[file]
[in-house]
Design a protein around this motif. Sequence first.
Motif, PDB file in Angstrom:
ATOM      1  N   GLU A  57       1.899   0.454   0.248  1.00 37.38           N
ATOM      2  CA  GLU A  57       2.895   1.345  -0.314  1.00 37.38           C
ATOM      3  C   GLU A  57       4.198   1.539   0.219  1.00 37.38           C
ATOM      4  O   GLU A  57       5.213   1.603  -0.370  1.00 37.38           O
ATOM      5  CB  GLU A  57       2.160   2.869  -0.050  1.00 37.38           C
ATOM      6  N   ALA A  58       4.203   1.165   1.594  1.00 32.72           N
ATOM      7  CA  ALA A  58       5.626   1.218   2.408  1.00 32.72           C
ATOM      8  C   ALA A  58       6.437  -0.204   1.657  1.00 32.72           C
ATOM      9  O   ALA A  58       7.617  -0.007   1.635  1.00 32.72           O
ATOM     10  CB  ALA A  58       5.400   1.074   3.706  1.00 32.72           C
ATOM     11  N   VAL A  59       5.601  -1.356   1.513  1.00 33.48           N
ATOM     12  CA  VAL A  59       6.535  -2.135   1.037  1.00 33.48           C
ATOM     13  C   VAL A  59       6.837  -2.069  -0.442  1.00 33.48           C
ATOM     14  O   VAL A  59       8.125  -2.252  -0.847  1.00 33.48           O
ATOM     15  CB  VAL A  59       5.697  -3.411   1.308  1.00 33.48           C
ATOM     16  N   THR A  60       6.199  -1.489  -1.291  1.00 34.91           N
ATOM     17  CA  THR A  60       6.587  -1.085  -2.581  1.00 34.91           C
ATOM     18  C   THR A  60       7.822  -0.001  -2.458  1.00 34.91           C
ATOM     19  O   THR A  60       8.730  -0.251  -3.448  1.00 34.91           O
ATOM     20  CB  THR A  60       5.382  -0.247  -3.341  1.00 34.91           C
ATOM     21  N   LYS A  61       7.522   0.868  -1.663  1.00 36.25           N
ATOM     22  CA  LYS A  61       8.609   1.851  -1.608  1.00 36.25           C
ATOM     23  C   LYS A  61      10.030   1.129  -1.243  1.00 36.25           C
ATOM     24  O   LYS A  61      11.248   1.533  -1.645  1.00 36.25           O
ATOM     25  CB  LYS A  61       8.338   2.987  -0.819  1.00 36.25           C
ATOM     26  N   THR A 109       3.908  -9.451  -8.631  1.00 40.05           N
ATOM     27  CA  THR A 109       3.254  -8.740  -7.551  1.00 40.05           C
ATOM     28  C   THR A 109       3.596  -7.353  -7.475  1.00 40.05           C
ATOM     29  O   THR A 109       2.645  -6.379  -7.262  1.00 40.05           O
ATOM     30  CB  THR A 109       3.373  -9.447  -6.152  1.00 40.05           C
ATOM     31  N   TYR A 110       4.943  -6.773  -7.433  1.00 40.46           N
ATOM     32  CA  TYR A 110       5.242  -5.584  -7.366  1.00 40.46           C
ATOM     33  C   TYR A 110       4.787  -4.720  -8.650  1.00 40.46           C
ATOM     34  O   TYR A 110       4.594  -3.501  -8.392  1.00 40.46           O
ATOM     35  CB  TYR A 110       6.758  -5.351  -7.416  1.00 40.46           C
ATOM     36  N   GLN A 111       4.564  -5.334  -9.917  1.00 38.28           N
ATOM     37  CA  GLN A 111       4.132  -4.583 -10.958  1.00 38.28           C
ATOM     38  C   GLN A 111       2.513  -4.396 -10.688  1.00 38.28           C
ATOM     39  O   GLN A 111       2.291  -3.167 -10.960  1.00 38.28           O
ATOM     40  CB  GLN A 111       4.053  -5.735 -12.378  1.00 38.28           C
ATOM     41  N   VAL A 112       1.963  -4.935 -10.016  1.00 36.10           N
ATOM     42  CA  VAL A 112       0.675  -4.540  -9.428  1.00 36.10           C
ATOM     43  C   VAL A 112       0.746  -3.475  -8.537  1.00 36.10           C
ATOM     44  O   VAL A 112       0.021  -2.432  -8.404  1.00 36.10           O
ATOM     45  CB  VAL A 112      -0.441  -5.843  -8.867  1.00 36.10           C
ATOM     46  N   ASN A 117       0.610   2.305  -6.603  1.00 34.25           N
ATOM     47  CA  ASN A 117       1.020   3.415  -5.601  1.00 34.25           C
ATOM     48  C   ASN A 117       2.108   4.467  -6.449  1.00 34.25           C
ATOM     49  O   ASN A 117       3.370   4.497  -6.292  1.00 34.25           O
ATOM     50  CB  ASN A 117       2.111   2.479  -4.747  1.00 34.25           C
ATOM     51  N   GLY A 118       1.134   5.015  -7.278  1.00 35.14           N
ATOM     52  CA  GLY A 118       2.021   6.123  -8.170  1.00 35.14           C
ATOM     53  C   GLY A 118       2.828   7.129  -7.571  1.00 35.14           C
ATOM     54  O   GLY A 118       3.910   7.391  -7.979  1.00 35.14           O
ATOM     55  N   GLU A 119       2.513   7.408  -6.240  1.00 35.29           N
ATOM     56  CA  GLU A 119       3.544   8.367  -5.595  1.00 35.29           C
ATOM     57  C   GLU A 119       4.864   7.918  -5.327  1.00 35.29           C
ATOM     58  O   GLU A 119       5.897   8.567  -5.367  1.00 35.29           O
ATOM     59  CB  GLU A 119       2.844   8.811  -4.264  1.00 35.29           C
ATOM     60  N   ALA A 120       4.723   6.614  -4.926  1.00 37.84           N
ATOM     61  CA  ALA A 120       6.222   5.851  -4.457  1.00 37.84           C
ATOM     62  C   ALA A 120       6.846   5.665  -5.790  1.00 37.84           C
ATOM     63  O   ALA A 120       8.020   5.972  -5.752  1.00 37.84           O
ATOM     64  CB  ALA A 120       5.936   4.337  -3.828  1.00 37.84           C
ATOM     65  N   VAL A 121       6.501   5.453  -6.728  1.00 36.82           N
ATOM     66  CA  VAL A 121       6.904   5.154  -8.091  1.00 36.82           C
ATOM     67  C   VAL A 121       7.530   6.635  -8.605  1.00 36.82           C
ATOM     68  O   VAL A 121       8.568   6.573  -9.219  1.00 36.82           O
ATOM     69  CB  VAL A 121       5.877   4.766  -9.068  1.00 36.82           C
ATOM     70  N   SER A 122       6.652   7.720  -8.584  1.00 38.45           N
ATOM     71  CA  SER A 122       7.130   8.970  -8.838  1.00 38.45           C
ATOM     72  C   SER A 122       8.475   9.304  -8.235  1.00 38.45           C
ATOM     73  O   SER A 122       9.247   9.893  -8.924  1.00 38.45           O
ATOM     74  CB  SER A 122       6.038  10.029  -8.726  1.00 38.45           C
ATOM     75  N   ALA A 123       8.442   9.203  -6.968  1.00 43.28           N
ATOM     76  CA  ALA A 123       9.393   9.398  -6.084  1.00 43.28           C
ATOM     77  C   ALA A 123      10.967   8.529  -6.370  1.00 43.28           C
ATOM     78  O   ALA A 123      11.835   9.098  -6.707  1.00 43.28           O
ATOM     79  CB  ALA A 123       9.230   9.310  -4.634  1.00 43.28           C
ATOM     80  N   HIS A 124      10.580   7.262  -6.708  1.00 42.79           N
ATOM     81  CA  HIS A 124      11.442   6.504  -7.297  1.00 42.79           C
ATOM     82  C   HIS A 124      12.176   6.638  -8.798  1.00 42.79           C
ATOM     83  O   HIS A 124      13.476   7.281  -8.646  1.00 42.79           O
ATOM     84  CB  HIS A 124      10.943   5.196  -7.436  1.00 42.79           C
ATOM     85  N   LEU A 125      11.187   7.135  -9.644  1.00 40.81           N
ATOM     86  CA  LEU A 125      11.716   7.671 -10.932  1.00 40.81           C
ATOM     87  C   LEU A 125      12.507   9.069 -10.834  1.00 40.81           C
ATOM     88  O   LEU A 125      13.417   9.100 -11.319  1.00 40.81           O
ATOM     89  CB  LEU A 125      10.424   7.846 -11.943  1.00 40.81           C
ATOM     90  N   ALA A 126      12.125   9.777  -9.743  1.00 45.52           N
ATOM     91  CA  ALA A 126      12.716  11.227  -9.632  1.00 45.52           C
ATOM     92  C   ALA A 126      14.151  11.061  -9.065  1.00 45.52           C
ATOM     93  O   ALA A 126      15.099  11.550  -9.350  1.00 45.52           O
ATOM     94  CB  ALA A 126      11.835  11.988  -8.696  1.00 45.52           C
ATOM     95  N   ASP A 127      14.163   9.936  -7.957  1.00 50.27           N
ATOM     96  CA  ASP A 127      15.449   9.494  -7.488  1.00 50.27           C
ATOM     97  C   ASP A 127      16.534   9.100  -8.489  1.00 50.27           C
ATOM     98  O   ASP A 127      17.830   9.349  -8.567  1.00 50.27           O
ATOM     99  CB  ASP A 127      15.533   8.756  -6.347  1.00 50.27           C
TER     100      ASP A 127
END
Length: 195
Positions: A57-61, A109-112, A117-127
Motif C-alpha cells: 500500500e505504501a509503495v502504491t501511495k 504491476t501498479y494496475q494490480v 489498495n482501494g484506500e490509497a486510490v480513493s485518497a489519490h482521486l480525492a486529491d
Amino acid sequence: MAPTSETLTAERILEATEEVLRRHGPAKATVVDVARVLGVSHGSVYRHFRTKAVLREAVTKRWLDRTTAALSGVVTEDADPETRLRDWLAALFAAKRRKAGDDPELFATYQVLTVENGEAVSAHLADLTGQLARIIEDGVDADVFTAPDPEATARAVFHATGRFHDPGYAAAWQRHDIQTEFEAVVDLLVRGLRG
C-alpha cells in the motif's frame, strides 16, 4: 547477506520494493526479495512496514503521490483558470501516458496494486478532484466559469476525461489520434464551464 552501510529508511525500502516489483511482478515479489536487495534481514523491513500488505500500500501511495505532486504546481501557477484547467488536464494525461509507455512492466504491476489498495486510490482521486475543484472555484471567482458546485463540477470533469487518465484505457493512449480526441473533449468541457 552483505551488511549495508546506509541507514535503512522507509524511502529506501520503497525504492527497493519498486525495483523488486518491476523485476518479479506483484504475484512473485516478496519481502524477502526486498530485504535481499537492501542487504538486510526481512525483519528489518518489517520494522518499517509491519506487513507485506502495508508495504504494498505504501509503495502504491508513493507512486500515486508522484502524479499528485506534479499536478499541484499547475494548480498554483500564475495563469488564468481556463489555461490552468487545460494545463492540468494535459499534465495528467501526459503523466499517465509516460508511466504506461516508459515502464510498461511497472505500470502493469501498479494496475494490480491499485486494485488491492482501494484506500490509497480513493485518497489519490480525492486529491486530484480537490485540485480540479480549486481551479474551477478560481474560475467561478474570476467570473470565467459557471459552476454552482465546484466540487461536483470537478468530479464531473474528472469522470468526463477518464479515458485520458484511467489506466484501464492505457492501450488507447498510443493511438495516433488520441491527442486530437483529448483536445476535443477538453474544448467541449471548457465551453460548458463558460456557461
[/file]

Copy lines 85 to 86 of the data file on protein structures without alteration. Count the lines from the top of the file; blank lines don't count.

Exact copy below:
ATOM     82  C   HIS A 124      12.176   6.638  -8.798  1.00 42.79           C
ATOM     83  O   HIS A 124      13.476   7.281  -8.646  1.00 42.79           O